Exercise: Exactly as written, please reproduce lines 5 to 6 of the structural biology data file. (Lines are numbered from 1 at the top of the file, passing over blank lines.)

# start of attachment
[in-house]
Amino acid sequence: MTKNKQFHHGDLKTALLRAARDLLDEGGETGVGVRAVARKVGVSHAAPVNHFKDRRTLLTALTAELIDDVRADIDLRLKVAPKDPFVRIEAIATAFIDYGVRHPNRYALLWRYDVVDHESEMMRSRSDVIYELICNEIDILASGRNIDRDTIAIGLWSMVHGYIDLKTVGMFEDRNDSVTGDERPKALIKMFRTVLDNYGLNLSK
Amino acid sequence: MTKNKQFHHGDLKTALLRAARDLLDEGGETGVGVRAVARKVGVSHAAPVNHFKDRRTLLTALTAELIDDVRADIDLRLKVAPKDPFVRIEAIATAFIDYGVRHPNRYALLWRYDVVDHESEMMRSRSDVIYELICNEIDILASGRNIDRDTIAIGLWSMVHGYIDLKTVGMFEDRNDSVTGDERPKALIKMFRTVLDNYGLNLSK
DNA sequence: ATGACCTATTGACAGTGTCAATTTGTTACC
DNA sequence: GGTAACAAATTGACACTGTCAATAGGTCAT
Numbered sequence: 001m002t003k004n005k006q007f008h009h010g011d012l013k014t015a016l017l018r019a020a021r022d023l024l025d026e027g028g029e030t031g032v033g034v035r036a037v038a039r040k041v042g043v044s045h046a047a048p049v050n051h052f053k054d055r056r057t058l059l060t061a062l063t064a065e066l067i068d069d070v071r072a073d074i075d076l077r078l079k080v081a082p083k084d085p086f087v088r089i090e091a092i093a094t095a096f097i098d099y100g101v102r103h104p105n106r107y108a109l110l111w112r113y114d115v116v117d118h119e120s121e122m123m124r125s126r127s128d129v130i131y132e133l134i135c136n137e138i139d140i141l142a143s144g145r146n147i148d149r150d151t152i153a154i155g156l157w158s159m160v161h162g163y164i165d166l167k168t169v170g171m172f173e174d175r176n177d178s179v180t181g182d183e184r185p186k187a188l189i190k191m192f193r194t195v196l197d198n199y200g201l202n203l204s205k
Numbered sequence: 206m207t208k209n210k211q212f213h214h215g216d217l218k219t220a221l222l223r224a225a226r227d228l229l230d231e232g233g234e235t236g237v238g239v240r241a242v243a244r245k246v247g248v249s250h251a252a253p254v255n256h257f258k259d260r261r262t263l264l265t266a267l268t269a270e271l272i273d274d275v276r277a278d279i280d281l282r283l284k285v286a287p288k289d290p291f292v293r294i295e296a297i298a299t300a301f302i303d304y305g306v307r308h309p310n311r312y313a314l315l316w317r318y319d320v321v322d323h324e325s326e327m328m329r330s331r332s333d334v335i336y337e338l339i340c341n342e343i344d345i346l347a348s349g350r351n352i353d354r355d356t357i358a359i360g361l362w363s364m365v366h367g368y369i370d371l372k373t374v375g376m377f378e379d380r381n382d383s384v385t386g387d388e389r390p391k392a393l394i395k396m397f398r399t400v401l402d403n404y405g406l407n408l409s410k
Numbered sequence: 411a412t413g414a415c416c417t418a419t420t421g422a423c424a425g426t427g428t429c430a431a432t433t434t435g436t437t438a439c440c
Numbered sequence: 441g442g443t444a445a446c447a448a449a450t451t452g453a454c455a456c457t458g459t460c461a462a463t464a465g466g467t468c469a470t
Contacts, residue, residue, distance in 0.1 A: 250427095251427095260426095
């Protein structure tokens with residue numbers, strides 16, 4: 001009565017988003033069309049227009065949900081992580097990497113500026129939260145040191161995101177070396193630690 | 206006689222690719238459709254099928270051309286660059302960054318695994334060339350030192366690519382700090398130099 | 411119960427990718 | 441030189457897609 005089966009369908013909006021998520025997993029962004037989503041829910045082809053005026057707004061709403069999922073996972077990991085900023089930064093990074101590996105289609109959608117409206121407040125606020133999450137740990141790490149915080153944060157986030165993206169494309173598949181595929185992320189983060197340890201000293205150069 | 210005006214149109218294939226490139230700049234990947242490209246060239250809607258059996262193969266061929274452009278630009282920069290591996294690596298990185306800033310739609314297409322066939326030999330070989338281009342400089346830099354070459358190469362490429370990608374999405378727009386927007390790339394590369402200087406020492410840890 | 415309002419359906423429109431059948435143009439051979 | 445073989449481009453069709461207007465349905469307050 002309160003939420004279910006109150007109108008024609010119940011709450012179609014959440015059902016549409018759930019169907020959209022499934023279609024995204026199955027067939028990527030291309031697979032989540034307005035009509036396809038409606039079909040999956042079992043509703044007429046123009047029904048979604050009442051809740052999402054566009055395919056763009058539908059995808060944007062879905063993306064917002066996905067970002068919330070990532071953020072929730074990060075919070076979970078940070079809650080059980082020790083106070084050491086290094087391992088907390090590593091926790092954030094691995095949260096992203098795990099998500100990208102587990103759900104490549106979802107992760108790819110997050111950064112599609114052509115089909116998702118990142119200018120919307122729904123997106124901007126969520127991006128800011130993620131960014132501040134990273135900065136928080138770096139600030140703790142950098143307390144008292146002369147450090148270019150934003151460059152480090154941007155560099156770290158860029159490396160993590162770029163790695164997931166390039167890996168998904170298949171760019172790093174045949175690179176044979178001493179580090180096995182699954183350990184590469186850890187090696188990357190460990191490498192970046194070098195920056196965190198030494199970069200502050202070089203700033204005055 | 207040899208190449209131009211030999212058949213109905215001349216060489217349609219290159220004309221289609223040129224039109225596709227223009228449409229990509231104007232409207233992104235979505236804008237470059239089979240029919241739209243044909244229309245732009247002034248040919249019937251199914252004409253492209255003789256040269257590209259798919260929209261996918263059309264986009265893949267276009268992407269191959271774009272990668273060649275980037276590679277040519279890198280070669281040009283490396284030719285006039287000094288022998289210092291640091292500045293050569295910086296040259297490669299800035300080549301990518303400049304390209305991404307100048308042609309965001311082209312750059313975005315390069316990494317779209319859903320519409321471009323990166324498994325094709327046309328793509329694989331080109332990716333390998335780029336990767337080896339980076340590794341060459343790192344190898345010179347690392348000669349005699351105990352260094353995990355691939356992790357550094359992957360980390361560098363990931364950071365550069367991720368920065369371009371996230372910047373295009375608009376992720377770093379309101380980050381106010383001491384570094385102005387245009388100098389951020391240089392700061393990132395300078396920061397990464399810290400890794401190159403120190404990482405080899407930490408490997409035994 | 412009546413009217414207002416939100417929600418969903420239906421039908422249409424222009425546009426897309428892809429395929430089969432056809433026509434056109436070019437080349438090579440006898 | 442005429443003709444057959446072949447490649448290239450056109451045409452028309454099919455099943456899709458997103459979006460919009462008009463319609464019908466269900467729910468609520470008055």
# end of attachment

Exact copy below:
DNA sequence: GGTAACAAATTGACACTGTCAATAGGTCAT
Numbered sequence: 001m002t003k004n005k006q007f008h009h010g011d012l013k014t015a016l017l018r019a020a021r022d023l024l025d026e027g028g029e030t031g032v033g034v035r036a037v038a039r040k041v042g043v044s045h046a047a048p049v050n051h052f053k054d055r056r057t058l059l060t061a062l063t064a065e066l067i068d069d070v071r072a073d074i075d076l077r078l079k080v081a082p083k084d085p086f087v088r089i090e091a092i093a094t095a096f097i098d099y100g101v102r103h104p105n106r107y108a109l110l111w112r113y114d115v116v117d118h119e120s121e122m123m124r125s126r127s128d129v130i131y132e133l134i135c136n137e138i139d140i141l142a143s144g145r146n147i148d149r150d151t152i153a154i155g156l157w158s159m160v161h162g163y164i165d166l167k168t169v170g171m172f173e174d175r176n177d178s179v180t181g182d183e184r185p186k187a188l189i190k191m192f193r194t195v196l197d198n199y200g201l202n203l204s205k